On 11.04.2014, at 15:29, Felipe Contreras <felipe.contre...@gmail.com> wrote:

> Max Horn wrote:
>> As for the logo, I think it's nice and simple,
> You don't think red represent an oldness in Git? Whereas green
> represents progress?

No, I don't think that.

Perhaps you think that, but if that is the case, it is based on your own 
sociocultural background. Hey, and let's not forget that supposedly 8% or so of 
all males are red-green blind... ;-)

>> and based on experience I think that for every logo you'll find people
>> who object to it.
> So we should just accept any logo without thinking about it?

No. You (well, everybody) should just take a deep breath, step back, and ask 
yourself "Does this really matter that much to me and the rest of the world? Is 
it worth keeping up another long drawn discussion? Is there perhaps a chance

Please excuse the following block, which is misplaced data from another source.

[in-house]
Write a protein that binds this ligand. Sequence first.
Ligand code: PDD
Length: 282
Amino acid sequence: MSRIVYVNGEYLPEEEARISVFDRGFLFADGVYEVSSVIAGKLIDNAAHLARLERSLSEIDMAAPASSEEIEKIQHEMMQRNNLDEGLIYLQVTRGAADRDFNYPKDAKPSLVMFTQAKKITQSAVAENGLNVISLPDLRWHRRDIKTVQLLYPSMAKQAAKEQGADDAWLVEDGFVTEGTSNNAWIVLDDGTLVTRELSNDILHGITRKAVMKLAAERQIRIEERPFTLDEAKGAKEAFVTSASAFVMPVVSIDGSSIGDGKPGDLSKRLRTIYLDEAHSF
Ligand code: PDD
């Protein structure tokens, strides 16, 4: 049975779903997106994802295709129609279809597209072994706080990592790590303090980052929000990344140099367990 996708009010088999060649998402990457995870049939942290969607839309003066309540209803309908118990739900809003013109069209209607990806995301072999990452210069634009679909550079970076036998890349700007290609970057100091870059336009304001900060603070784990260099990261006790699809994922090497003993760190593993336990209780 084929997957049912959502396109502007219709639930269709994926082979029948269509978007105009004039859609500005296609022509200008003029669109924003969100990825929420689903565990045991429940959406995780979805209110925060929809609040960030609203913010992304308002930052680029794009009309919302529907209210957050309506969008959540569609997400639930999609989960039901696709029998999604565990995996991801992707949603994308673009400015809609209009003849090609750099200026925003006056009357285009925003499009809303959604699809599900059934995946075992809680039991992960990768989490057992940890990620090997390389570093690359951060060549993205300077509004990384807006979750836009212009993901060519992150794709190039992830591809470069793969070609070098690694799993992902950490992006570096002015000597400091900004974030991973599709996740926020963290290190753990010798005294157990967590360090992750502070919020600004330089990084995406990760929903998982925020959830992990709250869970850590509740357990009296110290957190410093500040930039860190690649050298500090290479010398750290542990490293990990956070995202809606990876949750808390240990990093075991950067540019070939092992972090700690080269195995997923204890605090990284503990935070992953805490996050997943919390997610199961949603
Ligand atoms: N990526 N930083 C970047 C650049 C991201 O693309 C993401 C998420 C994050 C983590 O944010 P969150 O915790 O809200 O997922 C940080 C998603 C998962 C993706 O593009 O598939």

for a compromise?"

Of course it is completely up to each individual to decide this! Power to you!

In the meantime, I'll watch from the sidelines, eat my popcorn, enjoy the show, 
and keep on not using a git logo for anything, indefinitely :-).

>> E.g. the red color of the log on git-scm.com looks great to me, while
>> I dislike e.g. the color variation Felipe is using.
> If you don't like my variation that doesn't mean we should accept the
> red one;

Of course! That's why I marked it as only being an example.

> there are many shades of green to begin with.

Indeed. And many shades of red, blue, etc., and let's not forget about stripes, 
dots, and other patterns. So many possibilities! Oh, and can I get mine with 
ponies? :-)

> Also, there's more than the color to think about; look at the order of
> the pictured commits; they don't make any sense.

I disagree. And I think you again confuse your personal sociocultural 
conditioning with an universal truth. 

In closing, let's not forget that for some things, there just is no "correct" 
solution, and I think the choice of a logo is one of these cases.


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